In Review: Convergent Design nanoFlash

Convergent_nanoFlash 2

Quality Control: The nanoFlash offers exceptional portable video recording options.

I’ve had dealings with many companies in my years in the biz, but I’ve never before encountered a company like Convergent Design. Its principals are available whenever you need them. Buy one of their products and you get the cell phone number of the support engineer and even the owner. You can call them 24/7 (really). They participate in online forum discussions. I sometimes wonder when they actually have time to develop and ship products! That pride of their device and concern for customers should alone recommend the nanoFlash.

The nanoFlash is a two-card version of CD’s larger Flash XDR, and is both less costly as well as less bulky, representing an optimal-size unit for on-camera use.

The nanoFlash answers the basic question of “How can I get the maximum possible quality from my camera?” And not only does it address the issue of “maximum quality,” but it seeks to resolve that need through codec efficiency.

Note that much of what I say here will also apply to Convergent Designs $4,995 Flash XDR model. But the popularity of the nanoFlash means that firmware updates to add capabilities now appear first for it and then for the Flash XDR.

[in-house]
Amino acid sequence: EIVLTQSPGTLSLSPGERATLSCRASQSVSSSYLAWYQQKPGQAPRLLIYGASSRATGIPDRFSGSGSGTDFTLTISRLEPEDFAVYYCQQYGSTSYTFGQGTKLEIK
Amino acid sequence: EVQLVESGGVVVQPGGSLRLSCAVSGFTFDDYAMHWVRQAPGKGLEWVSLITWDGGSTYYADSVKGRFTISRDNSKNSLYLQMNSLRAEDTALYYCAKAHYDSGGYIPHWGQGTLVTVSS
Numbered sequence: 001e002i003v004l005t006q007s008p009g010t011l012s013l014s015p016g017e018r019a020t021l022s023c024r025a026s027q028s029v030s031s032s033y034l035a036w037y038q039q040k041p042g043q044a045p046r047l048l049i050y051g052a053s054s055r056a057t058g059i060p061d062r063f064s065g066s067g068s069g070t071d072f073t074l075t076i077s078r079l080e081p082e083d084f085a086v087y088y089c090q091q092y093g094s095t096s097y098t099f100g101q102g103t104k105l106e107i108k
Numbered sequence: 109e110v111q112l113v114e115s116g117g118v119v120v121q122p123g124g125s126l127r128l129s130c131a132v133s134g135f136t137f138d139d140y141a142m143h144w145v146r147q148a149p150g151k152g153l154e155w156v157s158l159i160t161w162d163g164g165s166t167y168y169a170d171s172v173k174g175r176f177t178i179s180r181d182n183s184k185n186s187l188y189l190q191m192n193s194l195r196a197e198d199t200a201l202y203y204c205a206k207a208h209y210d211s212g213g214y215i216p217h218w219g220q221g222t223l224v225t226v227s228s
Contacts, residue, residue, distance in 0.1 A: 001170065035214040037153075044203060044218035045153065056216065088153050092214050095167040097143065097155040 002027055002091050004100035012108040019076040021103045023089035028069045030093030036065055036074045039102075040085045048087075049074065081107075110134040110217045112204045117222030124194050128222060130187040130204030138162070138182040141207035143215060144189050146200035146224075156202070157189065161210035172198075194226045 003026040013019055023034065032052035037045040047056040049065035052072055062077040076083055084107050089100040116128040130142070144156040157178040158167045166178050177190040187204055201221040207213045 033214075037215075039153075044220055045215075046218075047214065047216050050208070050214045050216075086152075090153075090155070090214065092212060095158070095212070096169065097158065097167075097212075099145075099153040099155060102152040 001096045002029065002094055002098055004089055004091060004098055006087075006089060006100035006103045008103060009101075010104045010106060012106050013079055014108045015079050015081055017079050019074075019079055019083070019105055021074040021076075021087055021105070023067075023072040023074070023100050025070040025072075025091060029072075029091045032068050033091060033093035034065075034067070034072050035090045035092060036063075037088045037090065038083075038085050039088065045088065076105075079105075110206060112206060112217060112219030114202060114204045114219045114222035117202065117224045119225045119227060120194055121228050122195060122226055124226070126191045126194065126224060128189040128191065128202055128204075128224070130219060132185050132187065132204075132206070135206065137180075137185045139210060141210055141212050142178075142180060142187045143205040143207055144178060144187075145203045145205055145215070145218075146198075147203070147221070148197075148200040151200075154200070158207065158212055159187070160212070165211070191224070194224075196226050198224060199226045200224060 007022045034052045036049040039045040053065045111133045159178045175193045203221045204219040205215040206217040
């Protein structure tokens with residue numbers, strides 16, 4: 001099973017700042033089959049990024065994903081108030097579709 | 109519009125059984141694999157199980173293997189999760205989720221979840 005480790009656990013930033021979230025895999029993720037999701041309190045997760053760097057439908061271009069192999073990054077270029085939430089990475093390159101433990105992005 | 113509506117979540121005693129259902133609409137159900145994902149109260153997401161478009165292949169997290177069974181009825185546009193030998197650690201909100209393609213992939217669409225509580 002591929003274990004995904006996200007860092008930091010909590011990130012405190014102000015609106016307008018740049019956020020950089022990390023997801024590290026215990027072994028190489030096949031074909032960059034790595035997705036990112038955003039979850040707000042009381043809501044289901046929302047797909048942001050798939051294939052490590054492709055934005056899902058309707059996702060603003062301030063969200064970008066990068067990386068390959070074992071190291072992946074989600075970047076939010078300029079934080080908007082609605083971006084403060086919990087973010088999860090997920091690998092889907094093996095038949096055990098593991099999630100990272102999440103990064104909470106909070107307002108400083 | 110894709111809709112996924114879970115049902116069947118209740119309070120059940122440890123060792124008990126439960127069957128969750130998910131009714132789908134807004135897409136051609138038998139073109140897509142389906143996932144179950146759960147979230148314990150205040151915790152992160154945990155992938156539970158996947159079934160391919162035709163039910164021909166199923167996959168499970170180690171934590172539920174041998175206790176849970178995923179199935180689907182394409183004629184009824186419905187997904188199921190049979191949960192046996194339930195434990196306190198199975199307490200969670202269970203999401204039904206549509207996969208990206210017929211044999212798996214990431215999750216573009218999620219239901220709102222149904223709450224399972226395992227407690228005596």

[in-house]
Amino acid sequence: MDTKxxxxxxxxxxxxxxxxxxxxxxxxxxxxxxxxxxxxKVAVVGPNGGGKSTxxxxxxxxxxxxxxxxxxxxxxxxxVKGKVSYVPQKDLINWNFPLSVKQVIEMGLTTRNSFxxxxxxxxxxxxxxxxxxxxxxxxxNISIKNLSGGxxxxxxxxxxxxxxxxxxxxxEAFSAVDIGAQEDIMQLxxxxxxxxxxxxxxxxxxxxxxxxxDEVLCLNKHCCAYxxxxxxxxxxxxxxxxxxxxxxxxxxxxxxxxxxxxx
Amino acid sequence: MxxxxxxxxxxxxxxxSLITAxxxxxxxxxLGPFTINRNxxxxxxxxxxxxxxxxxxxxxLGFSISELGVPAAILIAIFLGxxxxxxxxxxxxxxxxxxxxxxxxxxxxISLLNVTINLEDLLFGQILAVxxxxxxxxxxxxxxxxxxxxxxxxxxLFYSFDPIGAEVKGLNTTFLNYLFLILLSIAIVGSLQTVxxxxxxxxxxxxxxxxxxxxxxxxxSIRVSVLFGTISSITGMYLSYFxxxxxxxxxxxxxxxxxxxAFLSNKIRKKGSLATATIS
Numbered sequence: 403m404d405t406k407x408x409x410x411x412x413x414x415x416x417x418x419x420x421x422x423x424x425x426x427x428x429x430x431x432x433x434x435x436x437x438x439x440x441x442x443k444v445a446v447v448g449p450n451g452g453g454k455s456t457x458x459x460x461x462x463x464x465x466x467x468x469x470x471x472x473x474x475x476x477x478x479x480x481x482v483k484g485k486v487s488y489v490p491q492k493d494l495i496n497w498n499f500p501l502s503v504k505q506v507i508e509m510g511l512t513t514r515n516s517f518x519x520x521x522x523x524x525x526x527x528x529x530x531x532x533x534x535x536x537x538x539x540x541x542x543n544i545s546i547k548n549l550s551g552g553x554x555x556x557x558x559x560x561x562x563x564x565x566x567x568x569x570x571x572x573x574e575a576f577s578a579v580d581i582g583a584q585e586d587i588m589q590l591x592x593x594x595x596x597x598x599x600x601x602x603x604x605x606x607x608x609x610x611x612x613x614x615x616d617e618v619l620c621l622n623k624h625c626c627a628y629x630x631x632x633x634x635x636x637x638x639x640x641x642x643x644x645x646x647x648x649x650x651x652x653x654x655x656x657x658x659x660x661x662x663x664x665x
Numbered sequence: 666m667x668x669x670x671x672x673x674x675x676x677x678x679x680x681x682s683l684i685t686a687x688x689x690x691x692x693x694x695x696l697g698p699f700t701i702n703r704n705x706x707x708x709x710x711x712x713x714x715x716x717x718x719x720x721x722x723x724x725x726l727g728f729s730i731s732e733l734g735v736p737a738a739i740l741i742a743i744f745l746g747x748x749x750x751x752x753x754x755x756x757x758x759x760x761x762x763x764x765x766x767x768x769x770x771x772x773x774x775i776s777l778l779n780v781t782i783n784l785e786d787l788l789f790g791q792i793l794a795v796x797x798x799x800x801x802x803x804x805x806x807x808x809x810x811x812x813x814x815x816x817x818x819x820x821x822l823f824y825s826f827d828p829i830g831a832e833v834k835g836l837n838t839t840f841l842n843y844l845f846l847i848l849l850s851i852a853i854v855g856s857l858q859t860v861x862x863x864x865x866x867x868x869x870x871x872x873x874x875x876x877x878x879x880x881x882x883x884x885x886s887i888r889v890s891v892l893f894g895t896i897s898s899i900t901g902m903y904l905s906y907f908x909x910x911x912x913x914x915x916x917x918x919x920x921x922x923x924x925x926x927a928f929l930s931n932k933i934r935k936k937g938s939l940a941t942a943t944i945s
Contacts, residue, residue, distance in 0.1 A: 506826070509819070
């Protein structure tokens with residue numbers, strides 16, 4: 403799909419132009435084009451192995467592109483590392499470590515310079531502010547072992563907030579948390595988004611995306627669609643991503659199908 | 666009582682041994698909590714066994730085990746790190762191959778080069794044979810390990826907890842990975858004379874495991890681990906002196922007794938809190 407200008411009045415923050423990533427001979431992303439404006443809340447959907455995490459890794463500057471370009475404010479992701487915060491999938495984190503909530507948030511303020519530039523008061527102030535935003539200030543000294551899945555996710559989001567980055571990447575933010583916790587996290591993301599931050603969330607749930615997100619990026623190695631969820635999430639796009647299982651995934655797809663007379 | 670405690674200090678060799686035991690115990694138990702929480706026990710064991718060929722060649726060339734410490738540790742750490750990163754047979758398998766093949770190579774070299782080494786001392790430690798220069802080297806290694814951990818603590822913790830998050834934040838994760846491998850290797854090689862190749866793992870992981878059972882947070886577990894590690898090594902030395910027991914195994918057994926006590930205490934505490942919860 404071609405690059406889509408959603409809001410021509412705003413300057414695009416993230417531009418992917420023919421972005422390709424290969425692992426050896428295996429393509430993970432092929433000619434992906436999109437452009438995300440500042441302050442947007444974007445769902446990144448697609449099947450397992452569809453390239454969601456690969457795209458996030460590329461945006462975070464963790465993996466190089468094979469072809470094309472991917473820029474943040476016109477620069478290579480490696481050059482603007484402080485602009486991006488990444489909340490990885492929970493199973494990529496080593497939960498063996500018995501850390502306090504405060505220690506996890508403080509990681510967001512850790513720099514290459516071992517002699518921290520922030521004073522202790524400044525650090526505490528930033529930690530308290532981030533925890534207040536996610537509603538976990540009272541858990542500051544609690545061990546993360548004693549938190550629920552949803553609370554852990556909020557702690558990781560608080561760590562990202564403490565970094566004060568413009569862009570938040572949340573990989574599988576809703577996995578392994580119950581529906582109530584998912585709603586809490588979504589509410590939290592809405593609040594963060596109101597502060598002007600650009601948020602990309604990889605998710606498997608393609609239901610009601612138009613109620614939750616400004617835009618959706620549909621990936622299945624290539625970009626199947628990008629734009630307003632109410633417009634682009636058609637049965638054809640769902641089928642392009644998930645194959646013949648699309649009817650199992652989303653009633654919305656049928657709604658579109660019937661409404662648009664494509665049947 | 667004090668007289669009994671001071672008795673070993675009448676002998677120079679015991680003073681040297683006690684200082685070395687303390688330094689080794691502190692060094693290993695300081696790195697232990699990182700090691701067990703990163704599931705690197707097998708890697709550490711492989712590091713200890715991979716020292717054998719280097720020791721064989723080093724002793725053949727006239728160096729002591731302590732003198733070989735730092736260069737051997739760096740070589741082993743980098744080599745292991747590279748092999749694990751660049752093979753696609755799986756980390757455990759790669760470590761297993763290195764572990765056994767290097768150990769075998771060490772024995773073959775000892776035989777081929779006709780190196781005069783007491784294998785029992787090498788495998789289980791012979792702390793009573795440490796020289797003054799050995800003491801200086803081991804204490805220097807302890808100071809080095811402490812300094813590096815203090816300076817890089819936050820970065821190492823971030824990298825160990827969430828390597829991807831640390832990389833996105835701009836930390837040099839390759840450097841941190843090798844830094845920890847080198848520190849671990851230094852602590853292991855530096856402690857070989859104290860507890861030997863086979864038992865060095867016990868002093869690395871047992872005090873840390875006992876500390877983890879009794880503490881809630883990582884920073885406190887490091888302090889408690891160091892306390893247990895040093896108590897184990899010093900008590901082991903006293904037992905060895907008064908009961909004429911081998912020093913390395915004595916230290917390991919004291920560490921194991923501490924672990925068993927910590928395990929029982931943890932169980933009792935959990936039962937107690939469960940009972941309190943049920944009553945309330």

The nanoFlash weighs less than 0.5 lb. and fits in the palm of your hand. It’s equipped with SDI and HDMI I/O as well as connectors for remote and power. It records to two CF cards. Thus far, Convergent Design has qualified 16GB and 32GB cards from SanDisk and 32GB and 64GB cards from PhotoFlash. Any camera which outputs SDI or HDMI may be used with the nanoFlash. Additionally, the SDI out allows a connection for monitoring what is being input to the device. It draws power either through a battery tap or any external power source that can provide at least 12 volts. Convergent Design sells optional battery packs as well as an optional wired remote start/stop/record device. The nanoFlash can also be used as a playback deck, playing out its contents via SDI or HDMI. Note, however, that for live playback to work, all clips on the card must be recorded in the same format. If the media is merely to be transferred to computer for editing, then you can record any combination of formats to the card. read more...

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